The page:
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APIs are getting more and more popular and are used by developers to ease the process of developing applications to multiple platforms AND allow them to give other developers the ability to integrate their application's functionality into their own applications.

I've used APIs countless times before, but I'm now at the stage of developing my own applications. And as a developer who strives to create multi-platform applications - I need to use an API.

I'm going to use the RESTful approach as it's recommended the most.

After reading and looking for some background information, I came across: REST API Tutorial (which is really good site!), I learned that APIs basically receive HTTP requests, and return data in JSON/XML format.

However, there were 2 questions left unanswered to me:

  1. In what form do APIs come in? Are APIs actually files? a set of commands......?
  2. How do I actually write APIs? I'm talking about the server-side, data-handling code, and not the application/language-specific code (for sending out HTTP requests etc...)

It'd be great if someone could help me and answer the questions above as I have zero experience with APIs.

Any help is appreciated - much thanks!!

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apis are specifications. "send data in this format, get data back in this other format". The actual back-end implementation is irrelevant. facebook could be using an army of $0.001/day slaves to manually type in responses to everyone's page requests, and you'd never know - all you see come back out of a facebook API request is a response to your data. –  Marc B Jan 3 '13 at 20:24
    
But that's exactly what I want to know - how to implement the back-end so I can provide my own APIs eventually. –  xTCx Jan 3 '13 at 20:26
    
wrong way of looking at it. first you write an API, THEN you provide the backend. apis aren't written in stone, so don't worry about getting it completely right/fully implemented right away. v1. "implement hello world" v2: "implement How are You? query" v3. "implement asking how your mother is doing" etc.... the backend structure will generally flow from what you're saying the front-end is doing. –  Marc B Jan 3 '13 at 20:28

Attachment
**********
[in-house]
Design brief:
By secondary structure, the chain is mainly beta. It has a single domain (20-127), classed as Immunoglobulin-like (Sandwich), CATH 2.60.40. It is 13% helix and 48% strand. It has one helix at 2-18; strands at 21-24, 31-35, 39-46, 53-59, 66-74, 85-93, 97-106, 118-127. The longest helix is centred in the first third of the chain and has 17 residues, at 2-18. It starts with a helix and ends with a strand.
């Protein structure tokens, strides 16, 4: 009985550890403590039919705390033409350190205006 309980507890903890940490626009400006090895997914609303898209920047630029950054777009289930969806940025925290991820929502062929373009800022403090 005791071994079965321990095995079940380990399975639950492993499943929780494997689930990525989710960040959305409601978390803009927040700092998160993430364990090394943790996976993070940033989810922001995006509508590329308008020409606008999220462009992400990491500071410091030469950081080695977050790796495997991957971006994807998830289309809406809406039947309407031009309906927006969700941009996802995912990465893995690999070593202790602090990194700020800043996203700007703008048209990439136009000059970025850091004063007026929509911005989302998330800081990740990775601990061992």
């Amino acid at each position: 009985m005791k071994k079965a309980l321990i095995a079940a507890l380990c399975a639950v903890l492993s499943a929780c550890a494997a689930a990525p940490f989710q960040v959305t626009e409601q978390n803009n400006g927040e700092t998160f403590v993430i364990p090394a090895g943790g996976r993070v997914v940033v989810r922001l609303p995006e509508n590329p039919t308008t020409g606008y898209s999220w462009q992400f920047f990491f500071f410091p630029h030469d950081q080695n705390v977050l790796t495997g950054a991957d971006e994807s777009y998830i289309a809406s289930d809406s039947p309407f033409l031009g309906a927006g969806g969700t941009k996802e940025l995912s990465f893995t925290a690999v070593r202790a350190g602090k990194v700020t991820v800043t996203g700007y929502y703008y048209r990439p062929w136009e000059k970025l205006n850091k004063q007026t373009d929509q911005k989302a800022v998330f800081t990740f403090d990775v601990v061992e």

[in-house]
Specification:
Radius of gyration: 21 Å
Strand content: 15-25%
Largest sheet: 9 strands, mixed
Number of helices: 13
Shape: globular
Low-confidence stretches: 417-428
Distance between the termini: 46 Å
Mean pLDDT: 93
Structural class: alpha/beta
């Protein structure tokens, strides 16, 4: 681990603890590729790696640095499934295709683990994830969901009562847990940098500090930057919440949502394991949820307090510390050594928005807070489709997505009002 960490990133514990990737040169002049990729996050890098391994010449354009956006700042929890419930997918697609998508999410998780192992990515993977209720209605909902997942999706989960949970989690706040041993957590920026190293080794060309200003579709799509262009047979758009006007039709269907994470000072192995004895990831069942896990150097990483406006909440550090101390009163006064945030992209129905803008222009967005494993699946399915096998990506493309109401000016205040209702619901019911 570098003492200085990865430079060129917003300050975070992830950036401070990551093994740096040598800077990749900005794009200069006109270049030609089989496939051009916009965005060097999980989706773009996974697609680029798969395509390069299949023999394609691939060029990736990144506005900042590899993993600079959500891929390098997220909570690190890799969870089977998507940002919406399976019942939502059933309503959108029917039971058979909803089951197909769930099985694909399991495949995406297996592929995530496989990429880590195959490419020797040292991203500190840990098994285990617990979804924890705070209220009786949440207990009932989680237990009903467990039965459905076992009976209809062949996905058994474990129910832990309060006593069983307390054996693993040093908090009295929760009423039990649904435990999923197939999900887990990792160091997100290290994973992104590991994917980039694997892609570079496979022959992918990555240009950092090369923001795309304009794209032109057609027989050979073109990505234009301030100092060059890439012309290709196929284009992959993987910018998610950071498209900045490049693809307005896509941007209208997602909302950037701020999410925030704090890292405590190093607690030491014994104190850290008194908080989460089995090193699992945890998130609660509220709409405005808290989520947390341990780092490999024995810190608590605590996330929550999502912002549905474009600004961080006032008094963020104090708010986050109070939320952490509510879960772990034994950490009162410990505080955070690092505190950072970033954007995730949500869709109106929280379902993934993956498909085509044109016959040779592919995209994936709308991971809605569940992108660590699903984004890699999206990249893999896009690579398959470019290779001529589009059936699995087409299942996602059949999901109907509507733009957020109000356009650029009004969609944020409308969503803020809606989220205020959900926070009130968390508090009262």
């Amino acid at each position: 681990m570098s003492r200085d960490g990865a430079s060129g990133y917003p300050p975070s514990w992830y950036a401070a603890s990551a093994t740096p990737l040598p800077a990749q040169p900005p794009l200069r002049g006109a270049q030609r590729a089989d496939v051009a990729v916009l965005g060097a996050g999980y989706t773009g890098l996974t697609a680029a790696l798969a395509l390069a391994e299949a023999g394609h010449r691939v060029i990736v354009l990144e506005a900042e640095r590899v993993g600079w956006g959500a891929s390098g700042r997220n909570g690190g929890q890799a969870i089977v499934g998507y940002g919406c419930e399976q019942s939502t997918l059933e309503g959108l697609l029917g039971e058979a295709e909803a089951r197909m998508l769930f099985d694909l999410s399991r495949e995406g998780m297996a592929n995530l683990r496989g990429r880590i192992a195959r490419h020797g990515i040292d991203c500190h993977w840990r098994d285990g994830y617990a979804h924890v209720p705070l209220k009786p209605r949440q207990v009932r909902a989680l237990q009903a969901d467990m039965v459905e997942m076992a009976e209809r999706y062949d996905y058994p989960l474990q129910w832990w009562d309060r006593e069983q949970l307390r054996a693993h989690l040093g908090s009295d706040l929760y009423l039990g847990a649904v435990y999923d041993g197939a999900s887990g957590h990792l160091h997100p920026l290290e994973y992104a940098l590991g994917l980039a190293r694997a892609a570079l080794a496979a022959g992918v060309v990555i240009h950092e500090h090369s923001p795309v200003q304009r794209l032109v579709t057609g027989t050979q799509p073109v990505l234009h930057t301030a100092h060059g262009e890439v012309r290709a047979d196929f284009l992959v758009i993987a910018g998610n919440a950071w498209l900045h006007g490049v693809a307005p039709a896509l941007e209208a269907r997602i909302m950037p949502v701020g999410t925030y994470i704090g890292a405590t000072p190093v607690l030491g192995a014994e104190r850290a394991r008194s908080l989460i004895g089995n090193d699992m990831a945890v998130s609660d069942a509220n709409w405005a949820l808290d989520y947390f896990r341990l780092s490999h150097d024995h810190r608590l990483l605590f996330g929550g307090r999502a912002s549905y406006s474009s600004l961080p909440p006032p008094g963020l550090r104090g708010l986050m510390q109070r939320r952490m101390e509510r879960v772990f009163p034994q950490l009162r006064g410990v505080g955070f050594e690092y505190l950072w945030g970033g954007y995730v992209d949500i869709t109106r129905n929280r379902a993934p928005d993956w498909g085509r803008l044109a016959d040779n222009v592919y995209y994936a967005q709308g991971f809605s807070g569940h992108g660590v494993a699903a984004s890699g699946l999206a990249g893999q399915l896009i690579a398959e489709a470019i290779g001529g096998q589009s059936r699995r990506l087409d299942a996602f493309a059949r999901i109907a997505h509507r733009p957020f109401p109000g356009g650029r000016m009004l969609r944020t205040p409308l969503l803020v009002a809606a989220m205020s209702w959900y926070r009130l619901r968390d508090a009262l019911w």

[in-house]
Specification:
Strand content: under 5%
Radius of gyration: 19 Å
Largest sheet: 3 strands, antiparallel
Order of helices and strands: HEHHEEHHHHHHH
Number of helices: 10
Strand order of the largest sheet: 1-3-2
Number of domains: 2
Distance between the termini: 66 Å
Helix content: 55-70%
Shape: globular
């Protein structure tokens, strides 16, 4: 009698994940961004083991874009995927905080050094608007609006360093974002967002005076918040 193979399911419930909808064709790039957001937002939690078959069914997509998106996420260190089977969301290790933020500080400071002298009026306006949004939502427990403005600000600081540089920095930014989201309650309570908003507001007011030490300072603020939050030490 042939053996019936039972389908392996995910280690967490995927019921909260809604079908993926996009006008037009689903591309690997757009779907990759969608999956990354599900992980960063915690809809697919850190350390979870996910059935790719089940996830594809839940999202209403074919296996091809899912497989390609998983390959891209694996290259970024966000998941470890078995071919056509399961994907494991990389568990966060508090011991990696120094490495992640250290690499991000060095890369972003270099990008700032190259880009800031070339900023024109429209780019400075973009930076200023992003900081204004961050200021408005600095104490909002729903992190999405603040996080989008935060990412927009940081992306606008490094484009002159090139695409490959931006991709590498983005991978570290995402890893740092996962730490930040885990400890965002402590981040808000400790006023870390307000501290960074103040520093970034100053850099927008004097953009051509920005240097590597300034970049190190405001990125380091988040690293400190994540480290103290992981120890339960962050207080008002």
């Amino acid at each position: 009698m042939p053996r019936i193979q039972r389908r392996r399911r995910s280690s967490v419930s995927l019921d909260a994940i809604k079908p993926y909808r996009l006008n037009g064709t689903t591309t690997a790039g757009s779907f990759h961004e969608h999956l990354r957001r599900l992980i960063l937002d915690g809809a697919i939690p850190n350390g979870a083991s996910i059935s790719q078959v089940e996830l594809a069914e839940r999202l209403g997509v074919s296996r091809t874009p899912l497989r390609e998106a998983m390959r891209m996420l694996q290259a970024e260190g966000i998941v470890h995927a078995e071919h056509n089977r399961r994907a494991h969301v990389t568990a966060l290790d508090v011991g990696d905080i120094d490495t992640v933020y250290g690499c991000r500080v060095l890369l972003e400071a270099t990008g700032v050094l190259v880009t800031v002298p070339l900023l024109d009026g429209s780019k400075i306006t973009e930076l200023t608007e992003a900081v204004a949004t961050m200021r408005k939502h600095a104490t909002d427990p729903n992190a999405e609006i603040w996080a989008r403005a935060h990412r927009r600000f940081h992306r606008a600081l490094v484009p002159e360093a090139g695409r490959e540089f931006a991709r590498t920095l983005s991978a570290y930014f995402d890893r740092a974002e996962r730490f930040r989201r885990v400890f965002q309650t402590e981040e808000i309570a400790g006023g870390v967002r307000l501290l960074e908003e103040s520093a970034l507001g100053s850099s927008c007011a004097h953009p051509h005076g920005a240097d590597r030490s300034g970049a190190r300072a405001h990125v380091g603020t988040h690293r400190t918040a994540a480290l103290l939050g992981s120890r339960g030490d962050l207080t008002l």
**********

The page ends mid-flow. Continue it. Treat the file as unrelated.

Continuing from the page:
2 Answers 2

up vote 1 down vote accepted

Just a quick from-the-gut answer: They are whatever you want them to be!

Off the top of my head, I would define an API as requiring two main elements:

  1. Some documentation which makes it quite clear how to use the logic your systems prvides
  2. Some way to call those systems. That may be as simple as a web-site that accepts POST-messages, and checks them for certain variables and values in order to perform specific tasks.

In short, it should be entirely up to you. Just make sure you provide simple, clear and acurate documentation.

UPDATE, as an asnwer to the comment below:

That is how I interpret it, and it would seem that Wikipedia is more or less in agreement with me. PHP would be a perfect example: You could for instance create a PHP-file which processes a POST, and instead of outputting html, outputs XML with the resulting data needed. Then a third party app could POST to your PHP application, and receive and process the resulting XML.

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What do you mean 'whatever I want them to be'? Can APIs simply be PHP/any language code uploaded to a server? So when I 'contact' an API, there could theoretically be some PHP file getting data from the server and returning it? (I mention PHP because this is the server-side language I'm best at...) Seems too easy if that's the case... I might as well just got the whole idea of API completely wrong if what I mentioned above turns out to be true. –  xTCx Jan 3 '13 at 20:54
    
See my update. In short, yes, it is that simple! :) –  Kjartan Jan 3 '13 at 21:05
    
Ahh there it is! There's my answer... I got API completely wrong... I thought of it as some special platform/coding language... Thank you so much! :D –  xTCx Jan 3 '13 at 21:13
    
My pleasure! :) –  Kjartan Jan 3 '13 at 21:31

Apis come as a response to a http request. It is a plain text response that u can use encoded via json or xml as you described.

There are a plenty of frameworks to help you develop and API.

In Ruby u can use grape or rais-api or even rails itself.

There is a lot more available, but this are the ones im most used to use.

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Frameworks are great. But I don't wanna touch them before I know how to do it myself really... :/ Kind of kills the idea of learning... Plus I have yet to learn Ruby... Thanks anyways! –  xTCx Jan 3 '13 at 20:46
    
Well. to do it entirely you just need to create an application that responds to requisitions in a way the client know how to handle the response. Like a pure php application that responds data json formatted. –  Paulo Henrique Jan 3 '13 at 20:51

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